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Michelle Williams- a winner's profile

Since winning Best Actress in a Comedy or Musical at The Golden Globes, Elle Hoppe takes a look at some of Michelle Williams' finest works.

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Since winning Best Actress in a Comedy or Musical at The Golden Globes, Elle Hoppe takes a look at some of Michelle Williams' finest works:

DVD's were still a pretty new and hip phenomenon and 2001 was still a year when many of us couldn't quite bring ourselves to make the switch from watching Father of The Bride on VHS or on this new-fangled disk. Me Without You (starring Michelle Williams and Anna Friel) was one of the few DVD's in our family collection - it was probably on a deal because it was still in the plastic and my mother only watches something if it has a ye olde shag, none of this 'shouty' music and unflattering lights rubbish.

The DVD is still in my room now. I really can't remember much of what happened but it was a 15 and watching it felt quite naughty. Not because I was four years too young, please, I'd already stuffed my bra to go and see Bridget Jones's Diary at my very small local cinema - I was wise beyond my years. But because I was so desperate to watch teenagers going to parties and having sex, also, who doesn't love a mousy brown haired bookworm kick ass and have a moral victory? Michelle Williams captivated me and her performance (from what I recall) was nothing short of perfect. I loved watching her be caved in by submission from her overpowering best friend and marvelled in her secret love. Not many probably would wish these scenarios upon themselves but this is coming from me, a child who would ask for cardboard boxes for Christmas and beg my mother to pretend I was a dwarf friend of hers in public.

Her next moment to wow me was when she played against Heath Ledger (where their relationship started) in Brokeback Mountain. Ang Lee's film really showed off the whole cast's acting abilities (Anne Hathaway even surpassed herself) and was such a beautiful portrayal of being torn between duty and love. And even if people didn't enjoy the movie, it succeeded in rocking the boat of homophobes - showing off how stupid they really are. Win win. Michelle Williams' performance gave the audience a really tough job deciding where their sympathy lies and the love she exuded for her husband was so raw. This is probably due a lot to the fact they were at it like rabbits in the hair and make-up trailers. What a Stanislavski approach to acting - hats off.

Quite a big jump to 2011, which saw Blue Valentine when Williams' played the counterpart of the alcoholic Ryan Gosling. The film moved back and forth in time mapping out their turbulent relationship and when it ended I actually questioned the point of life and relationships. 'I think I don't want to fall in love. Ever.' Were my last thoughts that night, 'I shall pursue film and nothing else. Other than maybe knitting, my bed could do with a new throw.' Because I'd been told I would probably want to slit my wrists afterwards, I knew it was never going to end well and even during the scene when she receives cunnilingus to Penny & The Quarter's 'You and Me' (a moment I'd usually would probably rewind and watch again) all I could think was - No! It will never work out. You're a doctor, you should know better! For someone who wells up daily at Don't Tell The Bride on Really at dinnertime, their wedding did anything but release magical endorphins. But after I had survived the night and apologised to my cat and promised to love her again, I was astounded at how Williams had made me feel like that, how the audience had gone on that rollercoaster. I don't think I ever need to be trapped in a relationship where you're pulled between utter hatred and total infatuation because she did it for me. And I've got knitting now.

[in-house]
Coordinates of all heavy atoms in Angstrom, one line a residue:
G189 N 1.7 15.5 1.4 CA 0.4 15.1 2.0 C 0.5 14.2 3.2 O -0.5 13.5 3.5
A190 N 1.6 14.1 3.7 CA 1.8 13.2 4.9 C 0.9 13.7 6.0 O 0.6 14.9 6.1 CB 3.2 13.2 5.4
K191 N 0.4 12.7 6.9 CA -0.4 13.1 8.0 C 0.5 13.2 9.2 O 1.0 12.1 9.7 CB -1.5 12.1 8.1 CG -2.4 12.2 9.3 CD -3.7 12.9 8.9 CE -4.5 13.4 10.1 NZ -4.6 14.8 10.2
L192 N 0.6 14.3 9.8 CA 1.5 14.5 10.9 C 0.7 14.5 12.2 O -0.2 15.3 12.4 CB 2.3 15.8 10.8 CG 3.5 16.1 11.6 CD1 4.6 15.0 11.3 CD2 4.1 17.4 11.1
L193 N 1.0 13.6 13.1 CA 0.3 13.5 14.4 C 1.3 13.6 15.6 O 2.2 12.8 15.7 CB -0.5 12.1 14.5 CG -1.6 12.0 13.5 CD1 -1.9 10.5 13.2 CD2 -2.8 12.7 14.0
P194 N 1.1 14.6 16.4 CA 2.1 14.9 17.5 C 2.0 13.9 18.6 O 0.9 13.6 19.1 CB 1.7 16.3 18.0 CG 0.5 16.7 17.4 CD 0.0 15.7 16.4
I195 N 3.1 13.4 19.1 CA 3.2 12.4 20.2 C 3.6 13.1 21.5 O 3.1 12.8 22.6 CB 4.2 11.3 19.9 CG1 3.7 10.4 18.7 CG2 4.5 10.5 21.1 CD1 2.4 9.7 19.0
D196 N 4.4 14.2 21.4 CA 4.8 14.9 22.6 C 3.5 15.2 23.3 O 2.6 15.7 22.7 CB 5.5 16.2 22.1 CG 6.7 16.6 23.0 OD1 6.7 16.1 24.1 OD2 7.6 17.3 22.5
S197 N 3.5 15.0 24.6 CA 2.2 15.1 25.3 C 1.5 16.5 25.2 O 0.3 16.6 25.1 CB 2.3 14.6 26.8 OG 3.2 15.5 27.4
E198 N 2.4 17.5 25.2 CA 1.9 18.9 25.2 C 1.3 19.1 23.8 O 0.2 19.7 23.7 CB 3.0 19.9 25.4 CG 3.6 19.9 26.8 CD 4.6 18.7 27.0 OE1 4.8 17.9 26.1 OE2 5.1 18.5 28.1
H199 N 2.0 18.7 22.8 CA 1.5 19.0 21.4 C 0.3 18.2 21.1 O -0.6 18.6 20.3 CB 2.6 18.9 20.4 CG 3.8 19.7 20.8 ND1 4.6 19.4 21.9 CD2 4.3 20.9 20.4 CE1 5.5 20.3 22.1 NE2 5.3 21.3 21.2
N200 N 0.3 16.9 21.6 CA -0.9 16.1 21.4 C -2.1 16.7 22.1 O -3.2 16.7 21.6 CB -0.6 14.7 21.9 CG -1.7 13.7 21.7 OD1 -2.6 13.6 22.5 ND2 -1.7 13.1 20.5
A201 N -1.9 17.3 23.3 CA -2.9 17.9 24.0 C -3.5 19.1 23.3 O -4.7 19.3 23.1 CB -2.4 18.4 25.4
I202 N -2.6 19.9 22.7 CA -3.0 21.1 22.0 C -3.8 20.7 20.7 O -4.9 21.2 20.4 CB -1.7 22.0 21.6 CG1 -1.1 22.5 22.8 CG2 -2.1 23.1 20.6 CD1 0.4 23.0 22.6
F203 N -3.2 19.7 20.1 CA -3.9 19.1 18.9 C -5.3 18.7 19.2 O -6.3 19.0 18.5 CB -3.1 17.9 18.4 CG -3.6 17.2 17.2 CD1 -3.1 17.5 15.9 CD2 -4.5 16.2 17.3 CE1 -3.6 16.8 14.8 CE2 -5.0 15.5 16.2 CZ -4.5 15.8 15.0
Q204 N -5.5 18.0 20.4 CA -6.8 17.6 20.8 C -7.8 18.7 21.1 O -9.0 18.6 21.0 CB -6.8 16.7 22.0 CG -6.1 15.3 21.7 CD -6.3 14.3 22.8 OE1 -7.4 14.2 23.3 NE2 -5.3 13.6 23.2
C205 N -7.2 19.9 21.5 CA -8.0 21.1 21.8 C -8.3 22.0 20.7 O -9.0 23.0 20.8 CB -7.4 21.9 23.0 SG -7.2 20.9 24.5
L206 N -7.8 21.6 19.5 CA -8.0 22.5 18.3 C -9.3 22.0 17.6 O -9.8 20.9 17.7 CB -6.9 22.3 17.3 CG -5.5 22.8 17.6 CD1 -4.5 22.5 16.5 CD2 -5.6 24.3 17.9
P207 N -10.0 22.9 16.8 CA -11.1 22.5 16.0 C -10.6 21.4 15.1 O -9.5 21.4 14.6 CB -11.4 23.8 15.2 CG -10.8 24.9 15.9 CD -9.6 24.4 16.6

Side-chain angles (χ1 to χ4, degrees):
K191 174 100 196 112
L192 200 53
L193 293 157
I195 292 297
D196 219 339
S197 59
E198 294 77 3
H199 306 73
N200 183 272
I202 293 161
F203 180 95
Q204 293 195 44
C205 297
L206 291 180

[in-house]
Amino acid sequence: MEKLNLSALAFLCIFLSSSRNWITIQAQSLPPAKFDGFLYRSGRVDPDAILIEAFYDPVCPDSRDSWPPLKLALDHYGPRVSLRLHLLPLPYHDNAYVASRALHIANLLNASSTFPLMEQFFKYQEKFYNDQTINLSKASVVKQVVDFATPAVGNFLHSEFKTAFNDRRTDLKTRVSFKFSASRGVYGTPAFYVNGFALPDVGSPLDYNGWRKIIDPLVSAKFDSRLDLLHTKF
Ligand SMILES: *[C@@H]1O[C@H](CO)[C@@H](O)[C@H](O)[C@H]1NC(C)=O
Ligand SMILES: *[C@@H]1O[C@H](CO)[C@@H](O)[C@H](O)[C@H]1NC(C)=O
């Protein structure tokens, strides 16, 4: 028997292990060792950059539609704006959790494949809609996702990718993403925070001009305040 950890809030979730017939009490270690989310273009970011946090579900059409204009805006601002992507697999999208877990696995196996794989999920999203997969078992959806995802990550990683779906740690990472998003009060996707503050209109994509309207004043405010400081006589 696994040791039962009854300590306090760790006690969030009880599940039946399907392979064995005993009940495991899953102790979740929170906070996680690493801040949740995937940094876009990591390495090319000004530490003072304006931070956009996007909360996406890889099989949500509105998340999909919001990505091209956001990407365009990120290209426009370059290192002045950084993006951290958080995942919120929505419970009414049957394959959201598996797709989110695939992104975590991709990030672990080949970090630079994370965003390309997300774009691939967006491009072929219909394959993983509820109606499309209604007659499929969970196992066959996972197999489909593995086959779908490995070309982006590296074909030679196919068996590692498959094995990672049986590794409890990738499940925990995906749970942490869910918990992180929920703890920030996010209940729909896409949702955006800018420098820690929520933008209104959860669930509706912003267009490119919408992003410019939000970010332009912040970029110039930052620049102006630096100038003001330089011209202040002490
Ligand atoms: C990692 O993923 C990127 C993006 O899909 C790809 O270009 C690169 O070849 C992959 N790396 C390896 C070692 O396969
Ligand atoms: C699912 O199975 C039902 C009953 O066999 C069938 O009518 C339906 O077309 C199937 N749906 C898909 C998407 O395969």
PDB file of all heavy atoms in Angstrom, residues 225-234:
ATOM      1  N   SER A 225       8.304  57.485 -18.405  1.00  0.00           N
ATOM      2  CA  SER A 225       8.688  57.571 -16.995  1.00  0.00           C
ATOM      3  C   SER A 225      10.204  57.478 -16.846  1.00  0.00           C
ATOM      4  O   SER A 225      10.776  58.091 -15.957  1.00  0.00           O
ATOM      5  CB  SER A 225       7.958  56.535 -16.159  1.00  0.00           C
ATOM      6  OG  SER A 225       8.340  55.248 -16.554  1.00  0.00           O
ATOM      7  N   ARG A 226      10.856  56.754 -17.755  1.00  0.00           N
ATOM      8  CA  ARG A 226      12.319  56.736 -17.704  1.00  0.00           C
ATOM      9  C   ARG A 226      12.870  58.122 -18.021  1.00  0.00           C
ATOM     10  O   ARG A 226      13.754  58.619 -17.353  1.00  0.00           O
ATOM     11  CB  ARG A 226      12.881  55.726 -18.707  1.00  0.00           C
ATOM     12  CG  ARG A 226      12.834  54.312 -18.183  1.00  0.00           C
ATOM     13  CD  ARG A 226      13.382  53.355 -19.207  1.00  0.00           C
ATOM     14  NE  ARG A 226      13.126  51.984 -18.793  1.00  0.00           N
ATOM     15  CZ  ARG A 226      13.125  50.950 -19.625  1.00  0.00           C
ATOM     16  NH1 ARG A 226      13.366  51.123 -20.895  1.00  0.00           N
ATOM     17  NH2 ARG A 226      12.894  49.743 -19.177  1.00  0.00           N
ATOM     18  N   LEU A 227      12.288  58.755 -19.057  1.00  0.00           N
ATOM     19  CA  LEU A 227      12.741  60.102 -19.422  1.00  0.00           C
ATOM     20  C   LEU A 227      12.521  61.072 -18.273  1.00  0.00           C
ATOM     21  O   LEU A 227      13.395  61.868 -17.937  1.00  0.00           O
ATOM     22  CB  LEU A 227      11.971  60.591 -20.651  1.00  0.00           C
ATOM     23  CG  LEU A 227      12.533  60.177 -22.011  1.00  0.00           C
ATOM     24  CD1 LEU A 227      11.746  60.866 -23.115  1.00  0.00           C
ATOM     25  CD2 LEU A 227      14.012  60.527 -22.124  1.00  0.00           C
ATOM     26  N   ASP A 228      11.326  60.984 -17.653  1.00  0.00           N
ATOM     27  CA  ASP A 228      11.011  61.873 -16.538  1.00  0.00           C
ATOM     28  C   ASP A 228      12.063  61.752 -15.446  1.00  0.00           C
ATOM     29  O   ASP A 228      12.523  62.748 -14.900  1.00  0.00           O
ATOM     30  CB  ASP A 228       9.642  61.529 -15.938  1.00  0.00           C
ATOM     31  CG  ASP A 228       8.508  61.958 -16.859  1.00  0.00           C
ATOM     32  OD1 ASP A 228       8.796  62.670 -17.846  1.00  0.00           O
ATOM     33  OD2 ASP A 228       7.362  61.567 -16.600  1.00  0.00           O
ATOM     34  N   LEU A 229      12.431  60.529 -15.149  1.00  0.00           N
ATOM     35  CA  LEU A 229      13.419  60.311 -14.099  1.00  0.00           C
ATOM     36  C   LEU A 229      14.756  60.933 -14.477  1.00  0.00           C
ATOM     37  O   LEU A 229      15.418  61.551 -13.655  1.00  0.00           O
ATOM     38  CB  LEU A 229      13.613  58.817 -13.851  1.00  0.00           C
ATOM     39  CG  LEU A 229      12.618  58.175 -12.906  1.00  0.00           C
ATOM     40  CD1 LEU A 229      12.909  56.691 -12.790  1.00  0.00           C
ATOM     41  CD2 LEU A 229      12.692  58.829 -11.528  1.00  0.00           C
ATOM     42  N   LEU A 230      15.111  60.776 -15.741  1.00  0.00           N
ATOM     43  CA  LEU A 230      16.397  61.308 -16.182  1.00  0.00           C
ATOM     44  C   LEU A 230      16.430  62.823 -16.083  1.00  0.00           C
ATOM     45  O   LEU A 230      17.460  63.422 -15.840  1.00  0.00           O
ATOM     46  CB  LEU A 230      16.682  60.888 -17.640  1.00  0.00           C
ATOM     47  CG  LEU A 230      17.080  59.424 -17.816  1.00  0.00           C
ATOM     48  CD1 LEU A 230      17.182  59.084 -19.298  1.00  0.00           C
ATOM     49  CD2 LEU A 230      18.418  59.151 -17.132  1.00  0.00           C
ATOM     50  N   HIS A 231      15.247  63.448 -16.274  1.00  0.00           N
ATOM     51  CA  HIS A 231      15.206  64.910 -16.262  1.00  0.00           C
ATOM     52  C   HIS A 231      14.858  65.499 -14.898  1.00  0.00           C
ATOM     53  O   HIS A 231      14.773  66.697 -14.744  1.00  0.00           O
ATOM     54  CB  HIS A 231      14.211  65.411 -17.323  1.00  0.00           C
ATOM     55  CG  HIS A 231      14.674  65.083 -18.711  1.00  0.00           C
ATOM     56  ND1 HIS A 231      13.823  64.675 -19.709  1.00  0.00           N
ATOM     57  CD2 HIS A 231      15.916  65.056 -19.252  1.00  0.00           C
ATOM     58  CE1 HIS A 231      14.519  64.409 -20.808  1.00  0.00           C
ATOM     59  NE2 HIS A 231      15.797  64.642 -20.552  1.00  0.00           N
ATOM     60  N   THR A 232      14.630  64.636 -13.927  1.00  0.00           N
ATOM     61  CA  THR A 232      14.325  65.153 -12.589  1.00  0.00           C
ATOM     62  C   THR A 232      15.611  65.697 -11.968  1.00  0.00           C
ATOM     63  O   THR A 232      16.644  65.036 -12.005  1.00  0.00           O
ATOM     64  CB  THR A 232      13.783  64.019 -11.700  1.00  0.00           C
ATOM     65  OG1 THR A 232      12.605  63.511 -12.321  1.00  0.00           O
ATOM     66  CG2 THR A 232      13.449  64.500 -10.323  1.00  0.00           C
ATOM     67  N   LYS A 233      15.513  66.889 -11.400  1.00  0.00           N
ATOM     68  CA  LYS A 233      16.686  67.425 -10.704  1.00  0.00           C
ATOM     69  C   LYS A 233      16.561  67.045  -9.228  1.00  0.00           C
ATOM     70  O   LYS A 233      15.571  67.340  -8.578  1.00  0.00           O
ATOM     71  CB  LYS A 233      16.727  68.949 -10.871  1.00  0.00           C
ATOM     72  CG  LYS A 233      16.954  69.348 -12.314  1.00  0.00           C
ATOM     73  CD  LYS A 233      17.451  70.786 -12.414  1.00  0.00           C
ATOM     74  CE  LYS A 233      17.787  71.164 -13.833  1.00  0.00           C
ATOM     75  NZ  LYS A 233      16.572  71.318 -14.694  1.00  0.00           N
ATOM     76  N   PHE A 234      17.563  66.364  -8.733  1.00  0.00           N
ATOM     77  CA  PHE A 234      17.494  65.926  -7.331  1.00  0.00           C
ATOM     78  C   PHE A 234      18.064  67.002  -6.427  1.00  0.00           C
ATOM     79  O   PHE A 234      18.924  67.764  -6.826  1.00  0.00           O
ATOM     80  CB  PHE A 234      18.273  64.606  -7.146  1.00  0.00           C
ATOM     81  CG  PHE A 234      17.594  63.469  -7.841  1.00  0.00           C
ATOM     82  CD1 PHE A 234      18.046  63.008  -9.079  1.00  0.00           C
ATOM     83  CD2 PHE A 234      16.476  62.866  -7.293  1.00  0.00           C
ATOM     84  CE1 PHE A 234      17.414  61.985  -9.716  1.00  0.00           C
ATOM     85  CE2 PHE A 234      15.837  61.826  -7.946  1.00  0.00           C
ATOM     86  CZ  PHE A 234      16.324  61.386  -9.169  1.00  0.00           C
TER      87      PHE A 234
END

Michelle Williams' part as Marilyn was as every bit as sexy as I hoped she would be. Still too skinny for Monroe, but sexy nonetheless. Williams oozed beauty and elegance, capturing identical gestures and vocal structure. The film floundered in places as she had yet another hissy fit and I did check my watch a couple of times but her characterisation was mesmerising and the moments she shared with Eddie Redmayne were touching. We see her as Norma Jean surrounded by pills and hugely insecure without all the pretence of the lipstick and curves. Williams managed to switch between being Marilyn and Norma seamlessly and intrigued the audience by shifting without warning. Despite being aware that Marilyn would always return to her husband, Arthur Miller, we did feel for the boy who had shared these amazing experiences with a woman people could only fantasise about and wished that maybe they would end up together (or at least another frolic in a lake).

Michelle Williams is a well-deserved recipient of the award last week, her performances always bewitching, always honest and tangible. Since that day in 2001 when I watched a film that I liked purely on the fact there were two pairs of upside-down legs on the DVD cover and I thought that was cool (still do) to now, Michelle Williams has given performances that always prove effective at communicating the films message more than successfully to an audience. She gives performances where I have either desperately wanted to be her or anything but - Williams has always done it with conviction.

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